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Can cats and babies mix? Here are some ideas for maintaining friendly baby and pet relations during the crawling stage.
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Your little crawler has suddenly taken a new interest in the cat – but your independent kitty would rather be left alone, thank you. Here are some suggestions for keeping the peace before something scratchy goes down.

Always supervise. Make it clear that playing with the cat’s tail or other parts is a no-no, and never leave your cat and your baby together unsupervised.

Protect food and litter. Keep your baby away from your cat’s water and food, and put the litter box somewhere the cat can reach but the baby can’t.

Make an escape hatch. Make sure your cat has places where it can escape. Try installing a baby gate to close off a private area, like a basement room, so your cat can retreat.

Rearrange furniture. Give your cat her own chair pushed against a wall so she can retreat from the baby either by perching on its back or by hiding underneath it.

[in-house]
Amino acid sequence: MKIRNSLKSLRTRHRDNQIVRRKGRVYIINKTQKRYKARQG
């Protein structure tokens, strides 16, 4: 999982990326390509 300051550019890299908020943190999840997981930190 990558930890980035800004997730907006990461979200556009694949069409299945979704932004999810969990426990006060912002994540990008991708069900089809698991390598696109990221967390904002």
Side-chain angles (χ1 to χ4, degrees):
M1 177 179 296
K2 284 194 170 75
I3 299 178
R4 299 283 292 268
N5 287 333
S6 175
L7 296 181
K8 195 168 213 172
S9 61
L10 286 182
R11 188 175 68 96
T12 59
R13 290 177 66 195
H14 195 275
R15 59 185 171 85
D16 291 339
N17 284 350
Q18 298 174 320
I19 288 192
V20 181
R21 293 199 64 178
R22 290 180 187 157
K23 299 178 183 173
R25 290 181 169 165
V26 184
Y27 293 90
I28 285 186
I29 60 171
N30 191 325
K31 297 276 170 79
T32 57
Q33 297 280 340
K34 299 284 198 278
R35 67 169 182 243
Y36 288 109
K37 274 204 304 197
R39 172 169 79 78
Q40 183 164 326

Monitor vermin. Don’t forget to have your cat checked for worms and to give her regular, nontoxic flea and tick treatments. Wipe down eating surfaces if your cat walks across them, and remember to keep the litter box covered when not in use to prevent transmission of parasites from cat to child.

Treat bites and scratches. Cat scratches can be especially prone to infection because of the way a cat’s germy claws can hook into skin. Wash any bites or scratches with salt water, and report any scratches to your pediatrician that show signs of infection or don’t heal in a few days.

Sandy and Marcie Jones are the authors of Great Expectations: Your All-in-One Resource for Pregnancy & Childbirth. Order your copy from Barnes & Noble.

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  • Rated 0 out of 5 by 5reviewers.
    Rated 0 out of 5 by When i set up the baby crib i did catch the cat in there twice before the baby came home.I got one of those bug sceens and used it for several weeks.I tried taking it off and watched for days to see if the cat would go in again,and she didn't.My baby is 8 months now and crawling and although i have more then one cat none have given me trouble or more worry.They mostly stay away or deal with the grabbing and sometimes loss of hair.I am still working on the soft petting and no grabbing (otherwise no playing with kitty)rule.All is supervised and when baby is not so gentle I have her squeaky kitty.She likes it when I tell her that kira kitty needs rest time ,but squeaky kitty will love for you to hug him. May 24, 2013